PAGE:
Airline Executive Leverages Graduate Degree to Elevate his Leadership Expertise
When John Hornibrook graduated from college with his Bachelor of Science in Aviation, he never imagined that more than 30 years later he’d earn a master’s degree in Leadership from Embry-Riddle Aeronautical University.
Hornibrook’s career began as a flight instructor, and he became a pilot for Alaska Air. He worked his way up the ranks within the airline, eventually becoming managing director of line flying and a system chief pilot. In 2017, he landed at Horizon Air, a subsidiary of Alaska Airlines, as the vice president of flight operations.
“When I became the Managing Director and System Chief Pilot for Alaska Airlines, I quickly realized most of the people I worked with had a master’s degree and had graduated from college within the past 10 years,” shared Hornibrook. “I worked with people of all ages, and in order to compete, I needed to go back to school.”
Hornibrook found that his graduate courses expanded his horizons in ways he didn’t realize were possible. He has applied his coursework to virtually every aspect of his professional roles. Critical thinking was one of the fundamental concepts he developed and one he uses every day.
“I had a diverse team,” explained Hornibrook of his time at Alaska Air. “From employees with a master’s in aerospace engineering and military veterans to finance employees and project managers, everyone had a very different background, but we were all working toward the same goal.”
Through the leadership curriculum, Hornibrook learned how to develop high-performing teams and look past his own biases to objectively evaluate new ideas.
He used what he learned in his Organizational Development course and applied the concepts to help rebuild Horizon Air.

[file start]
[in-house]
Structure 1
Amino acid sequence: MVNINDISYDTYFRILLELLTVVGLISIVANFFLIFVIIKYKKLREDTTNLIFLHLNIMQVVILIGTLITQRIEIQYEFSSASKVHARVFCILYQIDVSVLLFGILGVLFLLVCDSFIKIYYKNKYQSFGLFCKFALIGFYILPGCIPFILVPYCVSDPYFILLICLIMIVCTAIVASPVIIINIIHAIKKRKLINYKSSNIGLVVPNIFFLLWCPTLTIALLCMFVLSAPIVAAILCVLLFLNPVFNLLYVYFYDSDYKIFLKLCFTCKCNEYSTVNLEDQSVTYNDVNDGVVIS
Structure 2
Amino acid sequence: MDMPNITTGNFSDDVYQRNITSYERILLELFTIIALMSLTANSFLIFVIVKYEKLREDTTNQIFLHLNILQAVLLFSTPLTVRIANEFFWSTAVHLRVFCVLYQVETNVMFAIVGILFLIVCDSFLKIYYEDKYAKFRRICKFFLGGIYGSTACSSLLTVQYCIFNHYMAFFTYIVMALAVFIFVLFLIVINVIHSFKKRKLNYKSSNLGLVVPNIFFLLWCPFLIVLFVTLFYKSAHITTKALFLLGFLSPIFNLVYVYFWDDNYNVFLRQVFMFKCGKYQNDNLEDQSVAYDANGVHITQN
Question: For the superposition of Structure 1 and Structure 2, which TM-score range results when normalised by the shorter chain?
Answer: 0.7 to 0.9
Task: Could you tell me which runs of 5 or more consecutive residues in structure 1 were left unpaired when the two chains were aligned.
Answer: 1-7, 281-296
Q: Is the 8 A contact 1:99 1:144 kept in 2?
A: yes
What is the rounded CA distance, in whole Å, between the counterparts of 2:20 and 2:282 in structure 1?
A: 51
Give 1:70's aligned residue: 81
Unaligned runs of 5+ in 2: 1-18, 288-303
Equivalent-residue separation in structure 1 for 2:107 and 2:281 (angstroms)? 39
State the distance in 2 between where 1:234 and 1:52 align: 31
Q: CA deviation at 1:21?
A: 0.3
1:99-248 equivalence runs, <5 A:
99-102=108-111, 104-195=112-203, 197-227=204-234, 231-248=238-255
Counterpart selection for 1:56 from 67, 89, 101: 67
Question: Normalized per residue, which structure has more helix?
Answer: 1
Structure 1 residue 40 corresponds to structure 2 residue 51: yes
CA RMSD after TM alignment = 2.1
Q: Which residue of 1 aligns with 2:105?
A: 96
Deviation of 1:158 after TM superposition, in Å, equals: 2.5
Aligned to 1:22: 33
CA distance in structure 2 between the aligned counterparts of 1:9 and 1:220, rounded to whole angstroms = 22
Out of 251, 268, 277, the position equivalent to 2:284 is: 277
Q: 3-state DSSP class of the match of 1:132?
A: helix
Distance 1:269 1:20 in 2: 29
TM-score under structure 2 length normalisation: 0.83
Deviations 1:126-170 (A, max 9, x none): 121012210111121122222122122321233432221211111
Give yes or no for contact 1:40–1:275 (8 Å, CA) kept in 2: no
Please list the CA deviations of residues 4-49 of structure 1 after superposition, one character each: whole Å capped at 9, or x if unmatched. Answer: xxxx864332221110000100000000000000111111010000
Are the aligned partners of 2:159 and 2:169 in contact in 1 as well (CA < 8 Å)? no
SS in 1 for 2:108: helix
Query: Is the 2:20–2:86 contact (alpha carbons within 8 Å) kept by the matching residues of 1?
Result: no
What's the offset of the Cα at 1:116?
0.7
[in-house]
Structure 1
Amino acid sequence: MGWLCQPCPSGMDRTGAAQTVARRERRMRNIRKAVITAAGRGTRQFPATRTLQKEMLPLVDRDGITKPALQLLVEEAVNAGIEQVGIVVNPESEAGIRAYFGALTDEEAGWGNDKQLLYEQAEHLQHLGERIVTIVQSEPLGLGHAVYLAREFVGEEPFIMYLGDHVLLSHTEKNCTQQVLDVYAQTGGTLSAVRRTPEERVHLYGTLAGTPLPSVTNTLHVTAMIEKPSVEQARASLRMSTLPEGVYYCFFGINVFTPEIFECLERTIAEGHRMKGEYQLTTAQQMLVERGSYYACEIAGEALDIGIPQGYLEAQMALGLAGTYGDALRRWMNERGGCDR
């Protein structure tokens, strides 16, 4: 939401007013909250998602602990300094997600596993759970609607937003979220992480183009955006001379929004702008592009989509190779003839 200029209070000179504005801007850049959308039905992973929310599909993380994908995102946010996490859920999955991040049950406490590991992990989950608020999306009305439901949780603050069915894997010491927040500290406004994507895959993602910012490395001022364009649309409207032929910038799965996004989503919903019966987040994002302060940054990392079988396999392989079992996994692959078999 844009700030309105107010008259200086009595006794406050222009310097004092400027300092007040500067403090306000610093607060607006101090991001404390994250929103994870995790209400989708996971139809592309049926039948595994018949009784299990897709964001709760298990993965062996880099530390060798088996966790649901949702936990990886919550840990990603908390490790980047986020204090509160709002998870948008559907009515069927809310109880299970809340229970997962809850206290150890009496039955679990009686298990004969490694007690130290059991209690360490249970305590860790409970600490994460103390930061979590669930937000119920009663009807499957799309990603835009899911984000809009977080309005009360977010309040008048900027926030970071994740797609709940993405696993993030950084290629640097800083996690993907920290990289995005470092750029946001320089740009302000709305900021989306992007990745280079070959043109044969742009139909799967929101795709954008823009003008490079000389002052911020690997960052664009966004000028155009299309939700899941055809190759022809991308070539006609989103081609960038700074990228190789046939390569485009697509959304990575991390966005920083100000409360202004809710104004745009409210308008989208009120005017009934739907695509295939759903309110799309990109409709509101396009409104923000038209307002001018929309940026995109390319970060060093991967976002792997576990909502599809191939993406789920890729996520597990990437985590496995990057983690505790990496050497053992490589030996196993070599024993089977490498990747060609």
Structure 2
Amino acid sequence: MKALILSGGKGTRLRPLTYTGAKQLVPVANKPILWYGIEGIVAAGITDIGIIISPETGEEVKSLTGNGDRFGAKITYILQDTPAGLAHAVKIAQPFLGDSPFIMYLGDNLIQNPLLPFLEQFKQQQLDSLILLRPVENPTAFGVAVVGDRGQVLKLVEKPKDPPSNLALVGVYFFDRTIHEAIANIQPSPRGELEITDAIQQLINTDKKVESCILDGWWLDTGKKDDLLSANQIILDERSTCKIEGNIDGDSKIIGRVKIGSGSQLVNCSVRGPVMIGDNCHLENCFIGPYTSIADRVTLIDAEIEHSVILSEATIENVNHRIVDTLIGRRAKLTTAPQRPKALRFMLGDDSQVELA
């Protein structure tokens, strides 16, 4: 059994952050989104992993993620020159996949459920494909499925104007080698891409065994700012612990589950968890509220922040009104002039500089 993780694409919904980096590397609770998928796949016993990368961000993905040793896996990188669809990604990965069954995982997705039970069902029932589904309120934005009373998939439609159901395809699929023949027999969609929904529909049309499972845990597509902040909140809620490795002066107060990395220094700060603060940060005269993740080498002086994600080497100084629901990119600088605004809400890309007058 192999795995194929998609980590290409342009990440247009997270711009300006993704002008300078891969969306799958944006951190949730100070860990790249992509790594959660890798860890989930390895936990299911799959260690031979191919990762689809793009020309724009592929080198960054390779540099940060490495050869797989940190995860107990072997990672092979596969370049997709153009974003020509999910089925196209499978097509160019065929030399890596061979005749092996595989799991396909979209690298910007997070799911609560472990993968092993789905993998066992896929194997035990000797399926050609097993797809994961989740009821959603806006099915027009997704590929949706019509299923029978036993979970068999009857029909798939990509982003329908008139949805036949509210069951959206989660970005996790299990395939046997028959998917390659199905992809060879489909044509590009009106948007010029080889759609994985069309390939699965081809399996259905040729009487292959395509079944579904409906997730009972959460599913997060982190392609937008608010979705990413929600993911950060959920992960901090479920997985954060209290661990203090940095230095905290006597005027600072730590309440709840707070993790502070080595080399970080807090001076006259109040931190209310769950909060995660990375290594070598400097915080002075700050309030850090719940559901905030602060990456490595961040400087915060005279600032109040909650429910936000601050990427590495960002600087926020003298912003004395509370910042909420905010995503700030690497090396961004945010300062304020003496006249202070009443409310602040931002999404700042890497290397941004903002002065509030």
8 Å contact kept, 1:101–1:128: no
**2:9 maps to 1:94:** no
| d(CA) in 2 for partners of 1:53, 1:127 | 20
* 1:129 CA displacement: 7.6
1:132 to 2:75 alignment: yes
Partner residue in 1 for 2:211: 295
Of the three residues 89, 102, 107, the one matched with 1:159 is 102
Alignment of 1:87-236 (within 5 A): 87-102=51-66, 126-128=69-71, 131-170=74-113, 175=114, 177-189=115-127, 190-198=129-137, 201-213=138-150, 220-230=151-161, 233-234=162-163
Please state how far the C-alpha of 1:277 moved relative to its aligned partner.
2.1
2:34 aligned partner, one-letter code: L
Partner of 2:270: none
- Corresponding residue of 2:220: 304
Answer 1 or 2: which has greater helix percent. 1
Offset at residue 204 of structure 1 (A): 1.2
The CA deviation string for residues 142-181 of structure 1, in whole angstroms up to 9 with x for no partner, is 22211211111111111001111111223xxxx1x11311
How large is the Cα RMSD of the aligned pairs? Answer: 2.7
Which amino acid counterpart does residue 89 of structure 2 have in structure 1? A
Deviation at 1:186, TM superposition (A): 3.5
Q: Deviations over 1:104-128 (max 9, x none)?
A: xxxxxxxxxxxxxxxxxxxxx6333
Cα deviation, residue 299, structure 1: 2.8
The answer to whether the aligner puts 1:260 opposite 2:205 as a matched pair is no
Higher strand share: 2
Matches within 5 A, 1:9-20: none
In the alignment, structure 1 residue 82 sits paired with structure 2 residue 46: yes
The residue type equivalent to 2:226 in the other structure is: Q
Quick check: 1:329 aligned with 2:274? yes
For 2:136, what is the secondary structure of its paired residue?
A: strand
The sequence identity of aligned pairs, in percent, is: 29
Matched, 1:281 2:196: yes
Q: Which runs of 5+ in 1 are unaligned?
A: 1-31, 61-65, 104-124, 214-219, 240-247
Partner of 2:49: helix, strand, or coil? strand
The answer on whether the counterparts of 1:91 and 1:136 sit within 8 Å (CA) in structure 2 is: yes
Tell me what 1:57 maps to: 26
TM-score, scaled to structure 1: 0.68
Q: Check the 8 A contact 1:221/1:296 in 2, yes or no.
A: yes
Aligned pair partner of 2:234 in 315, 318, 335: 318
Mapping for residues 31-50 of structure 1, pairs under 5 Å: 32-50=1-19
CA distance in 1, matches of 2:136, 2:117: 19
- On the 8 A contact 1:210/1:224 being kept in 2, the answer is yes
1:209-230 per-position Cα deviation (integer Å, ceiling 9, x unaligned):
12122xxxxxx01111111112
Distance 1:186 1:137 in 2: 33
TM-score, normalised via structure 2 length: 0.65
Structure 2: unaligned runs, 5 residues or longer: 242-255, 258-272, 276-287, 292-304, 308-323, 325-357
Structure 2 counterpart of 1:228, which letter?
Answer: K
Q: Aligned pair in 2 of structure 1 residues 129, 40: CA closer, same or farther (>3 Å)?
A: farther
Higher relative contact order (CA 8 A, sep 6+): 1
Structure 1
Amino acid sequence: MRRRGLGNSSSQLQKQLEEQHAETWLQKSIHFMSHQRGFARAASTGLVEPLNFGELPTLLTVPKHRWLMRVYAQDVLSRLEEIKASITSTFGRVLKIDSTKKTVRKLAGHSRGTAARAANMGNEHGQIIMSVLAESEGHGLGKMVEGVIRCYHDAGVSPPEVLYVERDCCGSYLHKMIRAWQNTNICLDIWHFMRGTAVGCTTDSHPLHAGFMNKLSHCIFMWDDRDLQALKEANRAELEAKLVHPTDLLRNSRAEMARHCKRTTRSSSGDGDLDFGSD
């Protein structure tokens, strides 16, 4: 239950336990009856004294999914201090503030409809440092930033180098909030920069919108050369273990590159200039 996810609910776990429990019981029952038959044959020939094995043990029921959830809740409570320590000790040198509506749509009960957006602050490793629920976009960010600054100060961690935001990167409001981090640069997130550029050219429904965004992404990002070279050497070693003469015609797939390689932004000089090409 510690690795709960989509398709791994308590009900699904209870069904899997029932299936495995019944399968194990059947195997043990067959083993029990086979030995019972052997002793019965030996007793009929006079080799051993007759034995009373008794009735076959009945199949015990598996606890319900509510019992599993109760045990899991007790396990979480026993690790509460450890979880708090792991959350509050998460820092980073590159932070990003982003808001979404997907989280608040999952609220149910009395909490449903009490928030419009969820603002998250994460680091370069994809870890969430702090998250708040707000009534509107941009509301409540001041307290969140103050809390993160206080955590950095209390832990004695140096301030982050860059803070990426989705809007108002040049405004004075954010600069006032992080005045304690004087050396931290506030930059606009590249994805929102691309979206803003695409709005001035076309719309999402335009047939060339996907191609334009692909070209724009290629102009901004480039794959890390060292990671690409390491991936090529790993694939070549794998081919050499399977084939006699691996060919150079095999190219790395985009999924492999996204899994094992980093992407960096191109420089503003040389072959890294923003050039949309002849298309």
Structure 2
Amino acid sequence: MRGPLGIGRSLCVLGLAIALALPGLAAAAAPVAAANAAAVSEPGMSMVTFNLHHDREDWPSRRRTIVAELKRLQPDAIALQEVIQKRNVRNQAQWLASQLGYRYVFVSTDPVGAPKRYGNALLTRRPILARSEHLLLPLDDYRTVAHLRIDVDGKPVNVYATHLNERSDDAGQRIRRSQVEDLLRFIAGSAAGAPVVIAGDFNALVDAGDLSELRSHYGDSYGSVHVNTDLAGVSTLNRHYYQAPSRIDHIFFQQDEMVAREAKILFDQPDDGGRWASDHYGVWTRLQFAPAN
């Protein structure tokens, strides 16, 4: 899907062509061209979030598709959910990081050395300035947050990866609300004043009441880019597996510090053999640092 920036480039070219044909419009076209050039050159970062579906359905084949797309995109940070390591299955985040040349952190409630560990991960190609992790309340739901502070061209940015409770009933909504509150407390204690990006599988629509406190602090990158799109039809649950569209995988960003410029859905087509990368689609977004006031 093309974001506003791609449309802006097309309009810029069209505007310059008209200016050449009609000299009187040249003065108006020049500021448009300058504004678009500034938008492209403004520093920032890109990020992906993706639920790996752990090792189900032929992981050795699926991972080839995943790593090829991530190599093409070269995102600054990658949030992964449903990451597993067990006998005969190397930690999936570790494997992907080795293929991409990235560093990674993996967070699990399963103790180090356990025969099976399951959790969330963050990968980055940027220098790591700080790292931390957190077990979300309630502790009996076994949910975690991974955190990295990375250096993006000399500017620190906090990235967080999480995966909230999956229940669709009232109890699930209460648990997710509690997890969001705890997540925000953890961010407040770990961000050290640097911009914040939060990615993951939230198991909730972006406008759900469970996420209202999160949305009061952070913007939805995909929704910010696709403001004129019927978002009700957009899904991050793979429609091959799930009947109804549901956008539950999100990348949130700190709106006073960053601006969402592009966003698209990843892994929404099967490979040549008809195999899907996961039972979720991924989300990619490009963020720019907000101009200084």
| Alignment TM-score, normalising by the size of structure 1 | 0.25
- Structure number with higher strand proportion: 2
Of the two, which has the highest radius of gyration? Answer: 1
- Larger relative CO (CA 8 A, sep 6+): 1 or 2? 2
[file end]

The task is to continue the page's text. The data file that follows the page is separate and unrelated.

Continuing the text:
“Organizational Development illustrated how to transform a company through culture,” he shared. “This was a really important class that came at the perfect time in my career and is something that I utilize still today.”
Hornibrook is now in a leadership role for The Boeing Company where he helps pilots with global engagement and works with airlines operating Boeing equipment.
During his Embry-Riddle experience, Hornibrook benefited most from his interactions with his professors.
“I probably spoke on the phone with every single professor I had,” said Hornibrook. “They were all really great and involved. It was a real partnership, and talking with them made my life so much better.”
When Horizon Air had an incident that ended in national news coverage, one of his professors reached out right away.
“Between phone calls with professors and the communication boards with fellow students, the online program felt very similar to communications at the office,” explained Hornibrook. “It really wasn’t much different than emailing and calling your coworkers.”
Hornibrook reflected on his investment in a master’s degree.
“When you have a long career, so much changes and you start to get stale. This was one of the best things I've ever done for myself,” he said.